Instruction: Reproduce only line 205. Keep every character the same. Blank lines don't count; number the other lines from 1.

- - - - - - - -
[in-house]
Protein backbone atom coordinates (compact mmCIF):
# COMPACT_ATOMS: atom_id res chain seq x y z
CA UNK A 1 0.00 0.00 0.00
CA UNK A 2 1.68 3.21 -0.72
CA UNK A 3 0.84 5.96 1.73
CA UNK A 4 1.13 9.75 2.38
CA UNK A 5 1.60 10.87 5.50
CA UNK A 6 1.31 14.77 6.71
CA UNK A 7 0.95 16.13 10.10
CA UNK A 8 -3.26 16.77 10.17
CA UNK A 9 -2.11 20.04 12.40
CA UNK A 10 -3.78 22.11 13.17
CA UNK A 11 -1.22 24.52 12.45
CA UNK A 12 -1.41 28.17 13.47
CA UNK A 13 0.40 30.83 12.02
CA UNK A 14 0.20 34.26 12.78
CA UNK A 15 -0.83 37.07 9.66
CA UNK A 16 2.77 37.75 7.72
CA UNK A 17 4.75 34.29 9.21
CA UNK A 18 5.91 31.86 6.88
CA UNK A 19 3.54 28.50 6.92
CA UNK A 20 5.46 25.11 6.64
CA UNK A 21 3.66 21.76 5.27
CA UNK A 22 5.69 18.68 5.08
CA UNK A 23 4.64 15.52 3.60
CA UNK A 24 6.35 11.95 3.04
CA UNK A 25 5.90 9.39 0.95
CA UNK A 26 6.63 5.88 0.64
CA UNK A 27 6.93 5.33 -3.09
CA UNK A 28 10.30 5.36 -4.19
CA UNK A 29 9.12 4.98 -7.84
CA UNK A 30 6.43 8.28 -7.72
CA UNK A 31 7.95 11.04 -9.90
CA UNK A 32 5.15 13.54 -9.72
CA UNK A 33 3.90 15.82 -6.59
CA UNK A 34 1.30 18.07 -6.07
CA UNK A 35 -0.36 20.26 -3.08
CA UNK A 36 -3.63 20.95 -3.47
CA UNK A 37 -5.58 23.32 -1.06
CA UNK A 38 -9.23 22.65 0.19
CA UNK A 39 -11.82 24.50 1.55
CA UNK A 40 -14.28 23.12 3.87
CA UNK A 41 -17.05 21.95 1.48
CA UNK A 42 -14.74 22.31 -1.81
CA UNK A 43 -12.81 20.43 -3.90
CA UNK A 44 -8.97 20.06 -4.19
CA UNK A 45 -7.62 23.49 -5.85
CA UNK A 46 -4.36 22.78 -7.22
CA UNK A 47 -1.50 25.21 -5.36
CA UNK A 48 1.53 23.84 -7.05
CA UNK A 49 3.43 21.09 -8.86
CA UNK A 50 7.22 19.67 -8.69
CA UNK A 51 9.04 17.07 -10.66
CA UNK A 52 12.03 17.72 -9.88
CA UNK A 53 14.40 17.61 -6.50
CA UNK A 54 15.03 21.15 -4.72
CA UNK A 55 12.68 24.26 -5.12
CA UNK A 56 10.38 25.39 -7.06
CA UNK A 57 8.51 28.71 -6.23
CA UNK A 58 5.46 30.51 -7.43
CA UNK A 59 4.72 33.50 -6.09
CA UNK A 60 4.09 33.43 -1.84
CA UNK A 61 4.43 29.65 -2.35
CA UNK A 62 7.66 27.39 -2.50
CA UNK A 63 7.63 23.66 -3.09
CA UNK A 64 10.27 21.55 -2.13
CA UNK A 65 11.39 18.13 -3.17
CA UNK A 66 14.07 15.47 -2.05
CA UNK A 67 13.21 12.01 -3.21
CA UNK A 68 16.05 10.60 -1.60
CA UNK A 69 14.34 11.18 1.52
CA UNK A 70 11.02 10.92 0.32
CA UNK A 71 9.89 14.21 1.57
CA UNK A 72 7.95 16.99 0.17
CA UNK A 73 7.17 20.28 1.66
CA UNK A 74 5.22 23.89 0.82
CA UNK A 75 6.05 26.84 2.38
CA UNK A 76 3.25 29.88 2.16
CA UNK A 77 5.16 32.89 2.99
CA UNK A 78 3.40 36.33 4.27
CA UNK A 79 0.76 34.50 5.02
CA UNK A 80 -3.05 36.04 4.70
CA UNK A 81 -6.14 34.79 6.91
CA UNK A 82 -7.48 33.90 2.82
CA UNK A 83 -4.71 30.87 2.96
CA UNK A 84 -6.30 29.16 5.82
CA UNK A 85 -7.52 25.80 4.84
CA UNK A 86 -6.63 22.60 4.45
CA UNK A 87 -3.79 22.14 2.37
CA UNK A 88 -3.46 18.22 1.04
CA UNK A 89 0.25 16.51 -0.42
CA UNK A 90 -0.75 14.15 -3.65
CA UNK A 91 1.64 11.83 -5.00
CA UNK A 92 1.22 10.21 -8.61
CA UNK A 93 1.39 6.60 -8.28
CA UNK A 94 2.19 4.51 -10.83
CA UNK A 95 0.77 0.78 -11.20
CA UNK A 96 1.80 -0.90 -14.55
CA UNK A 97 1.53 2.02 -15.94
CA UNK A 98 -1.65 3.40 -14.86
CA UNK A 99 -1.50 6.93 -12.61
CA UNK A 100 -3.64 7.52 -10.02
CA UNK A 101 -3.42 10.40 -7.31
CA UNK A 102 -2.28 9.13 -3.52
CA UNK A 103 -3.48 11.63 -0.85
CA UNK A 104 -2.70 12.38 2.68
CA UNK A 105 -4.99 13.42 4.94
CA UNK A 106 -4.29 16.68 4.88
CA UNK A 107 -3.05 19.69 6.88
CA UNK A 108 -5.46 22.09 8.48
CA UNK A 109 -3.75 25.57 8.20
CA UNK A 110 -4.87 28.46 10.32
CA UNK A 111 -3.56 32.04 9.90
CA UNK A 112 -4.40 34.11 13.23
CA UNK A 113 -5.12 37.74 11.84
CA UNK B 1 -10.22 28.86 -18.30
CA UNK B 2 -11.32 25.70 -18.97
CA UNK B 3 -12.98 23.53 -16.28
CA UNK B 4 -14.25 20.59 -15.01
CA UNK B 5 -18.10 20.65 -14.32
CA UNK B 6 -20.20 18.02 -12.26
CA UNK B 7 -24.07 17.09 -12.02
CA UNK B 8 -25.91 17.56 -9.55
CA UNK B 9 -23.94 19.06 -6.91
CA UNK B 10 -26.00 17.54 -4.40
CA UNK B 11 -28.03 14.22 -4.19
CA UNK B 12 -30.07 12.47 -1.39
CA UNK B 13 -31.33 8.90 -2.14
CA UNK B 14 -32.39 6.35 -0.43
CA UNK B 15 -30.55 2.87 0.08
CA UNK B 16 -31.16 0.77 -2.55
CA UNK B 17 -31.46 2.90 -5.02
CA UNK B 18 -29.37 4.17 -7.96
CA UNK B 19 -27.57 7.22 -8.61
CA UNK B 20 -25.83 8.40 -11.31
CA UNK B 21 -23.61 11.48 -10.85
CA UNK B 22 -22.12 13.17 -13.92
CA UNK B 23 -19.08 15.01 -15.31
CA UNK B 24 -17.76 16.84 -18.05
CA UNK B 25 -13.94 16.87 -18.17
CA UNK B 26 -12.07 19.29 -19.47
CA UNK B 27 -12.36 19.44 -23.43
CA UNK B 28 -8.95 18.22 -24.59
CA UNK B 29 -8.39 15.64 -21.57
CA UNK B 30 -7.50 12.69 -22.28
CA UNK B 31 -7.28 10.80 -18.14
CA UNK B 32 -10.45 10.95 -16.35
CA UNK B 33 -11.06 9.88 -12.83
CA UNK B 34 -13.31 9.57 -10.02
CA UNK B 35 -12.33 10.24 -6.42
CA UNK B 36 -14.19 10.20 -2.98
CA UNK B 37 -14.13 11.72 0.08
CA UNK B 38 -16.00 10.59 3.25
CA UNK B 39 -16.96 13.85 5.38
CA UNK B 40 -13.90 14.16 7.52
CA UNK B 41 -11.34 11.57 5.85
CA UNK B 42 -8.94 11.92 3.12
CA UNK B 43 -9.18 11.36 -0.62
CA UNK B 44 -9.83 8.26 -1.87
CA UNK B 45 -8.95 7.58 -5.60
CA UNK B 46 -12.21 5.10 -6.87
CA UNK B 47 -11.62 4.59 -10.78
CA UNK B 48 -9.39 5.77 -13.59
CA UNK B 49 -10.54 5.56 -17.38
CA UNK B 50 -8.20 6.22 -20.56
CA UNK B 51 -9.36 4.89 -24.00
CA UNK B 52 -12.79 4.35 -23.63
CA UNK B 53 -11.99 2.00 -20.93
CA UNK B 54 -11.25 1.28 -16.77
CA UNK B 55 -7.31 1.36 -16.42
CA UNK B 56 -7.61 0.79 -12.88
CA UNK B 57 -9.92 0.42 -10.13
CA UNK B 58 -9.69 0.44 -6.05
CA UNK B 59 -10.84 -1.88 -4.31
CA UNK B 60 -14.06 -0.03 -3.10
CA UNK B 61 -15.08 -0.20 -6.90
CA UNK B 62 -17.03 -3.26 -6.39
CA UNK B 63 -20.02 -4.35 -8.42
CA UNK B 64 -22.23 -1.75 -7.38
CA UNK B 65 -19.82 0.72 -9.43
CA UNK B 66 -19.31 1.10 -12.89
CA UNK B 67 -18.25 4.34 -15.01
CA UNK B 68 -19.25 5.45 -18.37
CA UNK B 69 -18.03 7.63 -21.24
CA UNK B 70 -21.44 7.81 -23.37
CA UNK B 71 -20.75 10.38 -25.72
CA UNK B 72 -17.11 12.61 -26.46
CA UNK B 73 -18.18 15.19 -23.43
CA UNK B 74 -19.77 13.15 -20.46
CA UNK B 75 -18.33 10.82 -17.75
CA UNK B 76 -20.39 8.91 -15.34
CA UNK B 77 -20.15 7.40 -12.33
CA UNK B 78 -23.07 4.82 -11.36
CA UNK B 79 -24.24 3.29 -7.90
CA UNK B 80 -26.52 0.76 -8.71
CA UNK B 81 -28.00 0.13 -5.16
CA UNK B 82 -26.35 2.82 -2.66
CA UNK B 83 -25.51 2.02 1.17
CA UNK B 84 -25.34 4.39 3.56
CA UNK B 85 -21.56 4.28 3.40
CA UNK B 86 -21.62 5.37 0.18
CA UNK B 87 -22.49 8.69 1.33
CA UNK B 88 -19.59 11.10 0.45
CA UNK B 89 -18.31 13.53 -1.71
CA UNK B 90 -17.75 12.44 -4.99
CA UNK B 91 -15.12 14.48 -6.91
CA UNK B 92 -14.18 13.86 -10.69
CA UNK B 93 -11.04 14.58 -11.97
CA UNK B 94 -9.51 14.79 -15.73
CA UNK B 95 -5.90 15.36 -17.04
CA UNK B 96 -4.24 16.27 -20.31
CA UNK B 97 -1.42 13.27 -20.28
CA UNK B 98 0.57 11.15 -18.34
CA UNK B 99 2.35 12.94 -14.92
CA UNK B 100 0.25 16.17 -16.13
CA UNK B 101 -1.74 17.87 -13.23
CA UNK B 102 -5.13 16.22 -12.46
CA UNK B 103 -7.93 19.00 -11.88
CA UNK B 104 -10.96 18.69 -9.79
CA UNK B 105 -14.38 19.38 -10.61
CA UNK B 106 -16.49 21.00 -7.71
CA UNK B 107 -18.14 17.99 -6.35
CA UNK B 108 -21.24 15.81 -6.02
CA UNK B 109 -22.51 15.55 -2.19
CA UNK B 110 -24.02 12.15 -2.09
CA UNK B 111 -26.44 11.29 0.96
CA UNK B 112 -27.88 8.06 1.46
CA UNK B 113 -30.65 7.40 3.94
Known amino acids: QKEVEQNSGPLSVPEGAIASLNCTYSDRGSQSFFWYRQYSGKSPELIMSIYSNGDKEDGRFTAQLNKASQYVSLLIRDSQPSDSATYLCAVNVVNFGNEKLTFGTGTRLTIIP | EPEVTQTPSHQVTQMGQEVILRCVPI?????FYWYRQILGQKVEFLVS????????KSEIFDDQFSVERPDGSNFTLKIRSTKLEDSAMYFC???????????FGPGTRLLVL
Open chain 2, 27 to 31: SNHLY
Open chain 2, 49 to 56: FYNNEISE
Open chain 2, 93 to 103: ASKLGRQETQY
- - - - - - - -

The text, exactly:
CA UNK B 89 -18.31 13.53 -1.71